Blue Jays begin spring training with plenty to prove

The Toronto Blue Jays fell far short of expectations last season and pitcher Brandon Morrow, for one, blames himself and the starting rotation for many of the problems.

Brandon Morrow admits 'We pitched like garbage'

Toronto Blue Jays pitchers and catcher limber up Monday morning on the first official day of spring training in Dunedin, Fla. (Frank Gunn/Canadian Press)

As the Toronto Blue Jays got busy in 2014, pitcher Brandon Morrow offered a blunt assessment of what went wrong in a most disappointing 2013.

He began with the rotation.

"We pitched like garbage," Morrow said Monday at Toronto's first spring-training workout.

"Starting pitchers were awful the first month, myself included. I mean, none of us were pitching like we wanted to, whether it was just bad luck that all five of us were going through that same time or just putting pressure on ourselves." 

Morrow's season ended in May because of a forearm injury. The right-hander finished 2-3 with a 5.63 earned-run average.

R.A. Dickey and Mark Buehrle, both expected to be aces, barely wound up over .500. Josh Johnson went 2-8, got injured and now plays for the San Diego Padres.

"Guys started getting hurt and knowing other guys were already barking and hurt and trying to keep it up and stay on the field," Morrow said. "I think that was a big part of it -- just the slow start and our pitching just didn't give us a chance in those first couple months."

Boosted by a winter makeover, the Blue Jays were picked by many last year to be a World Series contender. But even with the addition of Jose Reyes, Melky Cabrera, Dickey, Buehrle and more, Toronto stumbled to a 74-88 record and finished last in the American League East for the first time since 2004.

Manager John Gibbons said the club's issues started from the beginning.

Reyes broke his ankle in April on an awkward slide and the star shortstop missed nearly three months. The Blue Jays dropped 10 games below .500 by early May and were doomed for the rest of the season.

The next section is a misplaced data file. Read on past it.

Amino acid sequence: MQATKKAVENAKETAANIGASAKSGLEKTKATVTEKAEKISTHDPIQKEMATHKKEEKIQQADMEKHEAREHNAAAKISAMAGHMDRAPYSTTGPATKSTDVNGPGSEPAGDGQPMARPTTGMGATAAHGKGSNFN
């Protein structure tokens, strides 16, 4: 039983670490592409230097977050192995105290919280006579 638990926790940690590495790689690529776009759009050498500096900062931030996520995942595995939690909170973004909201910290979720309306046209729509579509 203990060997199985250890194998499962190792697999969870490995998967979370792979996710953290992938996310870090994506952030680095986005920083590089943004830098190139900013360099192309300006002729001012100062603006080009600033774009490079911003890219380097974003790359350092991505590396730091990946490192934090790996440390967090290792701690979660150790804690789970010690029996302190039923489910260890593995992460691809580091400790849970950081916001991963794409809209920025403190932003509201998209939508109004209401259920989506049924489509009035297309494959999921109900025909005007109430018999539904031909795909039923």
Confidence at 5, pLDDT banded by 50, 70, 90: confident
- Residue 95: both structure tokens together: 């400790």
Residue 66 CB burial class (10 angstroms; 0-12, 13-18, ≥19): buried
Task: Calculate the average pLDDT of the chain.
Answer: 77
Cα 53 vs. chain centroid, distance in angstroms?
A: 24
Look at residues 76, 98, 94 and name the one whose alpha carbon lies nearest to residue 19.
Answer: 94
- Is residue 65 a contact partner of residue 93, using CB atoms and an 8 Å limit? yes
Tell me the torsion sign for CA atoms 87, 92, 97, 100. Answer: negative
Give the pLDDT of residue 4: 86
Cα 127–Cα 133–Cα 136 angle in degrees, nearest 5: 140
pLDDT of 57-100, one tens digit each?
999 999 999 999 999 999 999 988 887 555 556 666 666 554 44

"Last year, we didn't play well in really any phase of the game early on," Gibbons said. "We didn't play very good defence, hitting was sporadic and we struggled in the rotation.

"That leads to how we started the season."

But Gibbons said there is reason to be optimistic this season.

Gibbons expects former all-star outfielders Jose Bautista and Cabrera and third baseman Brett Lawrie to bounce back after missing significant time with injuries.

Gibbons said he also has full confidence that the team's rotation will drastically improve its 4.81 ERA that ranked second-worst in the majors. He has yet to say who will be the Blue Jays' fifth starter.

If everything falls into place, Gibbons said he believes Toronto can end its 21-year post-season drought, which ranks second longest in the majors behind only the Royals (28).

"We said all last year that we like this ballclub and we still do," he said. "It was put together for a reason -- to win.

"Last year didn't end the way we want to, not even close. But we still like it as a group.

"You go around with Lawrie, Reyes, Eddie [Encarnacion], Bautista [and], hopefully, Cabrera bounces back and, hopefully, Colby [Rasmus] has another good year. There's some pretty good players out there and we like them."


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